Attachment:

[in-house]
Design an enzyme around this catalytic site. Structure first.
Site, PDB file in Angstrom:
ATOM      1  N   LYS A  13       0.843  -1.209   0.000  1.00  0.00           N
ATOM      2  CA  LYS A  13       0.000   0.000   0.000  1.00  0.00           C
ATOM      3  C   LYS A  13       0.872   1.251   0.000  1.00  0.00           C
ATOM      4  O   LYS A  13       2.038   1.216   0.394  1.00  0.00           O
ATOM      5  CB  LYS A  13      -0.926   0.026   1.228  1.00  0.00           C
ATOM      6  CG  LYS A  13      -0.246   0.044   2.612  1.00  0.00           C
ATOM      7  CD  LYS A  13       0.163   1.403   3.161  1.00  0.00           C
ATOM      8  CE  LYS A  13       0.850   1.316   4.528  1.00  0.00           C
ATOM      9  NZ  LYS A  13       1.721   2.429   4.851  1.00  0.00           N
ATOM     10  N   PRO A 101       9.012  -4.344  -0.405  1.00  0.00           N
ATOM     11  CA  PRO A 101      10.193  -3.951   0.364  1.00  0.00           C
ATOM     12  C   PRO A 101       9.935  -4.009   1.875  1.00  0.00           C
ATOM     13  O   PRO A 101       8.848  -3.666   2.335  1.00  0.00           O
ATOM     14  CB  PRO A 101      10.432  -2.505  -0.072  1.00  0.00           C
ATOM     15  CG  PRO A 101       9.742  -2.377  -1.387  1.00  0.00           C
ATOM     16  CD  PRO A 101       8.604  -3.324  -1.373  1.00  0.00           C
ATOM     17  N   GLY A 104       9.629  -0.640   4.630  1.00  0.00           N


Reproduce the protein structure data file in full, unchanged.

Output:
[in-house]
Design an enzyme around this catalytic site. Structure first.
Site, PDB file in Angstrom:
ATOM      1  N   LYS A  13       0.843  -1.209   0.000  1.00  0.00           N
ATOM      2  CA  LYS A  13       0.000   0.000   0.000  1.00  0.00           C
ATOM      3  C   LYS A  13       0.872   1.251   0.000  1.00  0.00           C
ATOM      4  O   LYS A  13       2.038   1.216   0.394  1.00  0.00           O
ATOM      5  CB  LYS A  13      -0.926   0.026   1.228  1.00  0.00           C
ATOM      6  CG  LYS A  13      -0.246   0.044   2.612  1.00  0.00           C
ATOM      7  CD  LYS A  13       0.163   1.403   3.161  1.00  0.00           C
ATOM      8  CE  LYS A  13       0.850   1.316   4.528  1.00  0.00           C
ATOM      9  NZ  LYS A  13       1.721   2.429   4.851  1.00  0.00           N
ATOM     10  N   PRO A 101       9.012  -4.344  -0.405  1.00  0.00           N
ATOM     11  CA  PRO A 101      10.193  -3.951   0.364  1.00  0.00           C
ATOM     12  C   PRO A 101       9.935  -4.009   1.875  1.00  0.00           C
ATOM     13  O   PRO A 101       8.848  -3.666   2.335  1.00  0.00           O
ATOM     14  CB  PRO A 101      10.432  -2.505  -0.072  1.00  0.00           C
ATOM     15  CG  PRO A 101       9.742  -2.377  -1.387  1.00  0.00           C
ATOM     16  CD  PRO A 101       8.604  -3.324  -1.373  1.00  0.00           C
ATOM     17  N   GLY A 104       9.629  -0.640   4.630  1.00  0.00           N